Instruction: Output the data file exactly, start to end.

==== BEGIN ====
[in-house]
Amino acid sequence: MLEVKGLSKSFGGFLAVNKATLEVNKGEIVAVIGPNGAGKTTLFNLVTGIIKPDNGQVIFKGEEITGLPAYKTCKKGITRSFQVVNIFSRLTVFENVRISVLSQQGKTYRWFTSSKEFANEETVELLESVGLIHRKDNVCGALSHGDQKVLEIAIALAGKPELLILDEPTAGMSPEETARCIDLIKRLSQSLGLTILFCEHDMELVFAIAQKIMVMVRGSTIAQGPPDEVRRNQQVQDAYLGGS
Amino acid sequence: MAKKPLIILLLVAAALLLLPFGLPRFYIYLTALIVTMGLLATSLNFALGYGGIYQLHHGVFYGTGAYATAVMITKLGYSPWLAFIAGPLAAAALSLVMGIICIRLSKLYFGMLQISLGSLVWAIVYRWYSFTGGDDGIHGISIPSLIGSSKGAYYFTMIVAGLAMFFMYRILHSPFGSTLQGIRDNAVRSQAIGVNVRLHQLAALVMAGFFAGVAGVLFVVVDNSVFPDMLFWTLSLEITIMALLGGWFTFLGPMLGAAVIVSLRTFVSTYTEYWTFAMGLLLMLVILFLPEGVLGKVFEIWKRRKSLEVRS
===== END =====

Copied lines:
[in-house]
Amino acid sequence: MLEVKGLSKSFGGFLAVNKATLEVNKGEIVAVIGPNGAGKTTLFNLVTGIIKPDNGQVIFKGEEITGLPAYKTCKKGITRSFQVVNIFSRLTVFENVRISVLSQQGKTYRWFTSSKEFANEETVELLESVGLIHRKDNVCGALSHGDQKVLEIAIALAGKPELLILDEPTAGMSPEETARCIDLIKRLSQSLGLTILFCEHDMELVFAIAQKIMVMVRGSTIAQGPPDEVRRNQQVQDAYLGGS
Amino acid sequence: MAKKPLIILLLVAAALLLLPFGLPRFYIYLTALIVTMGLLATSLNFALGYGGIYQLHHGVFYGTGAYATAVMITKLGYSPWLAFIAGPLAAAALSLVMGIICIRLSKLYFGMLQISLGSLVWAIVYRWYSFTGGDDGIHGISIPSLIGSSKGAYYFTMIVAGLAMFFMYRILHSPFGSTLQGIRDNAVRSQAIGVNVRLHQLAALVMAGFFAGVAGVLFVVVDNSVFPDMLFWTLSLEITIMALLGGWFTFLGPMLGAAVIVSLRTFVSTYTEYWTFAMGLLLMLVILFLPEGVLGKVFEIWKRRKSLEVRS